- A recent copy of the family registry proving that the parent or grandparent was a Korean citizen at one point and has since then renounced their Korean citizenship.
- Any official documents showing the reason and date at which the parent or grandparent gained foreign citizenship (i.e. naturalization papers, citizenship card).
F4 Visa Vs. Dual Citizenship (Or in Some cases, regaining your Korean Citizenship)
Many Koreans may be asked during their time in Korea if they would ever consider dual citizenship or try regaining their Korean Citizenship. Of course the choice is completely up to the individual but I do have a few things that might be useful to consider when contemplating this important decision.
First, the F4 visa grants the individual almost all of the benefits of being a Korean citizen without any strings attached or any of its disadvantages. In saying this I do not mean to imply that there is anything inherently wrong with being a Korean citizen. As a country Korea has come a long way in maintaining and protecting its citizen’s rights and freedoms. However, as a foreigner the system itself can be confusing and once you regain your Korean citizenship you will no longer be considered a foreigner in the eyes of the Korean government.
Why is this important? It is important in that being a dual citizen or in regaining your Korean citizenship you are no longer protected by the embassy or government of the country in which you grew up in. While this might not seem like a big deal, consider how complex the law can be and how quickly one can become a second class citizen when they are not a native Korean speaker. Another thing to consider is that you lose out on all of your benefits as an adoptee. For example you are for the most part, no longer eligible for educational grants or scholarships as a foreigner or an adoptee because you are no longer a foreign citizen. In many cases this also includes wide access to translation services offered to adoptees.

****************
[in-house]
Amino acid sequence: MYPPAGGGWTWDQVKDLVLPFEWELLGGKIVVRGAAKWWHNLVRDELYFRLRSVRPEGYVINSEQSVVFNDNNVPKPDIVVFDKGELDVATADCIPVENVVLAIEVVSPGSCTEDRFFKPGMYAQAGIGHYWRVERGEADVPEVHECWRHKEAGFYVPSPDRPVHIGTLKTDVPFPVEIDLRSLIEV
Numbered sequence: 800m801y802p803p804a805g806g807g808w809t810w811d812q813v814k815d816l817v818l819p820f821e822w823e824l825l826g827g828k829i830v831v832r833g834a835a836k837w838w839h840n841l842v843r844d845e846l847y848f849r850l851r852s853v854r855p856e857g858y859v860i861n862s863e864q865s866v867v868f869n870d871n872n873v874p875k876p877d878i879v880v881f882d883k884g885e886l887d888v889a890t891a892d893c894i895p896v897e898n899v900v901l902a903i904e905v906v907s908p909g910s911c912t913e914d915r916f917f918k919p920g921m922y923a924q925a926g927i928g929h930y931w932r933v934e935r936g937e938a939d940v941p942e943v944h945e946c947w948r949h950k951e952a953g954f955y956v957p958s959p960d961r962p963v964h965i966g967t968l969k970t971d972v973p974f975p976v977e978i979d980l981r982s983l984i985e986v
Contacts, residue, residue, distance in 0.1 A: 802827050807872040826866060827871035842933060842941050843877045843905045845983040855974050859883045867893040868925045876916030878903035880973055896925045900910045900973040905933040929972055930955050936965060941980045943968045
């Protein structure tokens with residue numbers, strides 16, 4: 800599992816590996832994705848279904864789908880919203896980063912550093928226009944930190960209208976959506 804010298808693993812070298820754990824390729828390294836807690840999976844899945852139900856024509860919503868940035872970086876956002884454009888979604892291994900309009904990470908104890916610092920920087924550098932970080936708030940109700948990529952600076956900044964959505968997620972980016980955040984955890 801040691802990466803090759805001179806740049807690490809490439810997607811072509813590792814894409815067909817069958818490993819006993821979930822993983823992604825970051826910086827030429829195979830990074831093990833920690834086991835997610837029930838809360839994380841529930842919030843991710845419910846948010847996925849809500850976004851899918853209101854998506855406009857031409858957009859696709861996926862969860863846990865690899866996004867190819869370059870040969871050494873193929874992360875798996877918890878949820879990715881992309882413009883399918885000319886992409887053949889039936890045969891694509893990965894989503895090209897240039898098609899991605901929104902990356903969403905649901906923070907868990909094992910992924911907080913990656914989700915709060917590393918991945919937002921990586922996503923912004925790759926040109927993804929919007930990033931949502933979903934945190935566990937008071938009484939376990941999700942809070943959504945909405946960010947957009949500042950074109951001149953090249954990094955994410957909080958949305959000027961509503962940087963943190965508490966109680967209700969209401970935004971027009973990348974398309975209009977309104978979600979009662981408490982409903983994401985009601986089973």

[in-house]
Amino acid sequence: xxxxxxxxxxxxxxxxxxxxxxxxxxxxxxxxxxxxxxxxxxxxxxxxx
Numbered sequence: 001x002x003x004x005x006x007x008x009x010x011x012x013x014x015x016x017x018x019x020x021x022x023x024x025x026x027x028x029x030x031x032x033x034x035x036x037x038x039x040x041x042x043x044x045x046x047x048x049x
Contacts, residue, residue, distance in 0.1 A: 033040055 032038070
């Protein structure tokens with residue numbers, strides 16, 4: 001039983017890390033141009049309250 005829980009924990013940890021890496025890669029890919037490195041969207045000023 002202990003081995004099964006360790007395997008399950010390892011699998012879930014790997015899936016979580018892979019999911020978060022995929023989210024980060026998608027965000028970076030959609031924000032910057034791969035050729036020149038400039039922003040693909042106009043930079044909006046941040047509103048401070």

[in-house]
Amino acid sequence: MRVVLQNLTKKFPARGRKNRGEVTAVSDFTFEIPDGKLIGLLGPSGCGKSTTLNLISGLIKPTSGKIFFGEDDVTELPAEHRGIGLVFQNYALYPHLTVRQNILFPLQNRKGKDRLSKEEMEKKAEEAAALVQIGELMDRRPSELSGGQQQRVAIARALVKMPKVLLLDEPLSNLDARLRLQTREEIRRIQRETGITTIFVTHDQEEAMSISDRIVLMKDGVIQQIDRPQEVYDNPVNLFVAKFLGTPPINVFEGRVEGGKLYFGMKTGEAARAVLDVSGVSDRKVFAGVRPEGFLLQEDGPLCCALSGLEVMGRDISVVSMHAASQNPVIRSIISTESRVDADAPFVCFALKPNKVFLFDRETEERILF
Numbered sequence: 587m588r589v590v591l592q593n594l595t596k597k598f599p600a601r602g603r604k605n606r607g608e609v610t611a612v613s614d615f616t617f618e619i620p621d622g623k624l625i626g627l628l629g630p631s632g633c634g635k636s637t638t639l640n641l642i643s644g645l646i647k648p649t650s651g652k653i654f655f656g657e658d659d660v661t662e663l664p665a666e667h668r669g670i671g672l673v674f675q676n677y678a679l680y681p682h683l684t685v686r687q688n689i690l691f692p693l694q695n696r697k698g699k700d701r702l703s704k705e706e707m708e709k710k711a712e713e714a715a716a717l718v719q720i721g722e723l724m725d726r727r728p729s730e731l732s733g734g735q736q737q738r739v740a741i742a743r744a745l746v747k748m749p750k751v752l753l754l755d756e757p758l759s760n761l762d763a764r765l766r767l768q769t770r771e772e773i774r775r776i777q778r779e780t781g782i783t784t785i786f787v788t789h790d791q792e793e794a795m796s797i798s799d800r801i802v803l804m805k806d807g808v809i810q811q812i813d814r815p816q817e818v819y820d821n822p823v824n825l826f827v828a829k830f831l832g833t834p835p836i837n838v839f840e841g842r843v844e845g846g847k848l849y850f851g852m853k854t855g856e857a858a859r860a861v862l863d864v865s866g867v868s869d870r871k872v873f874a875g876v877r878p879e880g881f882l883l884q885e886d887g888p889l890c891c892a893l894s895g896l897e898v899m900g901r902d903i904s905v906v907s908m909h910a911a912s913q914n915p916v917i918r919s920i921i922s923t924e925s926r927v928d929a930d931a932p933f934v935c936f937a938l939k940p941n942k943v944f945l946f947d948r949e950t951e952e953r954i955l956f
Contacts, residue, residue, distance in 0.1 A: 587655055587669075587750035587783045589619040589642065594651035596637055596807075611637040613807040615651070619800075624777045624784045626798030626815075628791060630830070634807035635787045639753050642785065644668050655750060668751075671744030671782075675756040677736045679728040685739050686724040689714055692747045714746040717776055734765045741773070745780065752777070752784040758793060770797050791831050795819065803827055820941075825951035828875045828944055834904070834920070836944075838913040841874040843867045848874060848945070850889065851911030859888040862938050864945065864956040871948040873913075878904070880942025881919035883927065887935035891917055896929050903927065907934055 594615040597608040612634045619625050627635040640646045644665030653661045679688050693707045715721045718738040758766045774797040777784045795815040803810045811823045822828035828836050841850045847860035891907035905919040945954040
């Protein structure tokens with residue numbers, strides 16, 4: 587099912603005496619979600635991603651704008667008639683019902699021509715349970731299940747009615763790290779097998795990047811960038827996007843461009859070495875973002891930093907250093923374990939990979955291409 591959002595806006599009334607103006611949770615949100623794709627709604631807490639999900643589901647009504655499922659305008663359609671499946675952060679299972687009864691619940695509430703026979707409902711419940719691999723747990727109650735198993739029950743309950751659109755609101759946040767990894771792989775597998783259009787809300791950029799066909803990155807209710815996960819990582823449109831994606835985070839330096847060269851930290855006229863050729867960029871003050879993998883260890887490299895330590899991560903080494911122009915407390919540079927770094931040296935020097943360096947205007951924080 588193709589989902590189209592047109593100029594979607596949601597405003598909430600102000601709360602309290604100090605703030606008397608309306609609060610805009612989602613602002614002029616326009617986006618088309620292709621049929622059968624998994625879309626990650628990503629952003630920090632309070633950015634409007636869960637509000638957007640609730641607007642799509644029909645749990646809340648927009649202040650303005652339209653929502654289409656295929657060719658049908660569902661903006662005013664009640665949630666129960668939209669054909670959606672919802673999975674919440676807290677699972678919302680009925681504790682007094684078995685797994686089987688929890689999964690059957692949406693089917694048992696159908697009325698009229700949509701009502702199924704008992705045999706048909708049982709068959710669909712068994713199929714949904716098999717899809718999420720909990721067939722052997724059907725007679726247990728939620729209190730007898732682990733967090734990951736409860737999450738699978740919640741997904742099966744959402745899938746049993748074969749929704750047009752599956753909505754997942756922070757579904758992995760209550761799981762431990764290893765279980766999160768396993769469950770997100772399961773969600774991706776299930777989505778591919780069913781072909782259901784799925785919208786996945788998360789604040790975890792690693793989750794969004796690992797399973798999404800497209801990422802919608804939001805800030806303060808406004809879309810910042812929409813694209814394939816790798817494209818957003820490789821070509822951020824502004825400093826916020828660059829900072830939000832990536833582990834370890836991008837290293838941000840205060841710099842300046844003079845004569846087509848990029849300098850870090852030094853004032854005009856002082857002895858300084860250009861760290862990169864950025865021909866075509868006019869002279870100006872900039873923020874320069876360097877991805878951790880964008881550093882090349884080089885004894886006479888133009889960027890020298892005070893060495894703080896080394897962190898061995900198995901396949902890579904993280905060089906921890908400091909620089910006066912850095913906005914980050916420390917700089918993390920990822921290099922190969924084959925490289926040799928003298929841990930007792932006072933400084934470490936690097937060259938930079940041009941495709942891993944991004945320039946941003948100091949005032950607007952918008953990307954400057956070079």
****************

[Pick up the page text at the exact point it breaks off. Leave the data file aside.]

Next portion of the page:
Before becoming a citizen of Korean, ask yourself why you are considering doing so in the first place? For many the reasons are symbolic and for others the reasons are much deeper than that. I myself very much identify with the Korean culture; I have Korean friends, I have Korean family, and in many ways I feel Korean. However at this time I do not speak enough Korean and have not spent enough time in Korea for me to say “yes, I am ready to be a Korean citizen with all of its responsibilities.” This is not to say that I do not love this country because I very much do. However, I believe that I can show my love for Korea on an F4 visa just as well as I can while being a dual citizen. There may come a time when I am ready to become a dual citizen, but I contend that being patient about this rather precarious situation is a better decision than acting rashly or too quickly.
Finally, in becoming a Korean citizen you should check to see if you are even eligible for dual citizenship. Some countries do not allow dual citizenship, Denmark being one of them. Becoming a dual citizenship is a large decision, but renouncing the citizenship of the country in which you are a native speaker and where you grew up is an even larger decision.
No matter what your decision is now, or in the future, know that for adoptees and for foreign born Koreans there are many options to look at and consider when trying to stay in Korea. Do your research, prepare the proper documents, and you’ll save yourself a lot of time, a lot of energy, and sometimes even some money as well. Best of luck and safe travels.